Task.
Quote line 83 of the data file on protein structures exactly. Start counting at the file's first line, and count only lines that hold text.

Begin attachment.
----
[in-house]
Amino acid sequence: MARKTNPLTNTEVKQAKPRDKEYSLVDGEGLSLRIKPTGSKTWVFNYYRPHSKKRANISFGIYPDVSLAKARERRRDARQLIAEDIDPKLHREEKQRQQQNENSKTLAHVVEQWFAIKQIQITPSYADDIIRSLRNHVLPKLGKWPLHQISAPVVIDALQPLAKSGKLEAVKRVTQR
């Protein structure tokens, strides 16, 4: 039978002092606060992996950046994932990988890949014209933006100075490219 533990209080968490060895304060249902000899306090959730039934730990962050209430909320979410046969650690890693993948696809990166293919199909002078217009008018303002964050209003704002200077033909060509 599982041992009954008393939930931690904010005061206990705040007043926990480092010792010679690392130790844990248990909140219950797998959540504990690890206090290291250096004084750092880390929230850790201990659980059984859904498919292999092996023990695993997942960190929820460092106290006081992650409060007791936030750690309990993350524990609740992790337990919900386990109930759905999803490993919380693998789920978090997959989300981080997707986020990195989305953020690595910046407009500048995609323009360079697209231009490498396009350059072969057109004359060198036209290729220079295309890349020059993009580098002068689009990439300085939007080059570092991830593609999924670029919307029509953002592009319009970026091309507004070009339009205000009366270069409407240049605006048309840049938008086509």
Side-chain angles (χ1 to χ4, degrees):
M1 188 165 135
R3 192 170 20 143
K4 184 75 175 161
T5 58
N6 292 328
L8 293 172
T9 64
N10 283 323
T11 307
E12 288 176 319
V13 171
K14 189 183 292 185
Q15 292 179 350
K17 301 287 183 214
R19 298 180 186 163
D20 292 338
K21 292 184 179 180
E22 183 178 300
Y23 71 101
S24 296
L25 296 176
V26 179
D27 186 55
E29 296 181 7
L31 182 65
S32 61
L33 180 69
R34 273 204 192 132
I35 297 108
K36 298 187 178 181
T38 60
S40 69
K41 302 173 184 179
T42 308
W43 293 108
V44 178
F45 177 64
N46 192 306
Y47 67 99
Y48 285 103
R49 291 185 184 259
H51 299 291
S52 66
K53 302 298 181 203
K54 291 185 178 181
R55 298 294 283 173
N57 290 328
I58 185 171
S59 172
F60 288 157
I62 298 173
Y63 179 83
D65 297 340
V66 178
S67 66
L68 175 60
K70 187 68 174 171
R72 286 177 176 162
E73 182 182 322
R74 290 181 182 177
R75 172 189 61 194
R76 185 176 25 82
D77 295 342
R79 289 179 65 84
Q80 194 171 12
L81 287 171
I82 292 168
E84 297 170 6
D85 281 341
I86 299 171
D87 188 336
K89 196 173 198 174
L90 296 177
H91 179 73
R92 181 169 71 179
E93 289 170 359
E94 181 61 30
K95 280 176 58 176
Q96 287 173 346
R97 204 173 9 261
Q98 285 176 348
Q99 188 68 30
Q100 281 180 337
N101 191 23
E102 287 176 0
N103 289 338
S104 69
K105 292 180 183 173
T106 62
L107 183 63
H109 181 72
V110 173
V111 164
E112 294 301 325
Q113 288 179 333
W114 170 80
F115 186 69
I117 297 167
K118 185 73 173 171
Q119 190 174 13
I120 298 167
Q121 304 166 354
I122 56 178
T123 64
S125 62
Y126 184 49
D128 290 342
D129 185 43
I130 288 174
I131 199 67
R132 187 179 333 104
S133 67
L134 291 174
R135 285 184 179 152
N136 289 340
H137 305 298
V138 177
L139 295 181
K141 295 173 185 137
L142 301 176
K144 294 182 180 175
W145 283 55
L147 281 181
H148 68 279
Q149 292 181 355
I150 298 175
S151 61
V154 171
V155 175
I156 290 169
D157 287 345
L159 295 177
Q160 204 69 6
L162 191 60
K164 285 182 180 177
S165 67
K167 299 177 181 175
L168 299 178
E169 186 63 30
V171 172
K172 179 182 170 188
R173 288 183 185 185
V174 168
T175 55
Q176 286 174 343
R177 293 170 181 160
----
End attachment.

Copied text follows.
Q96 287 173 346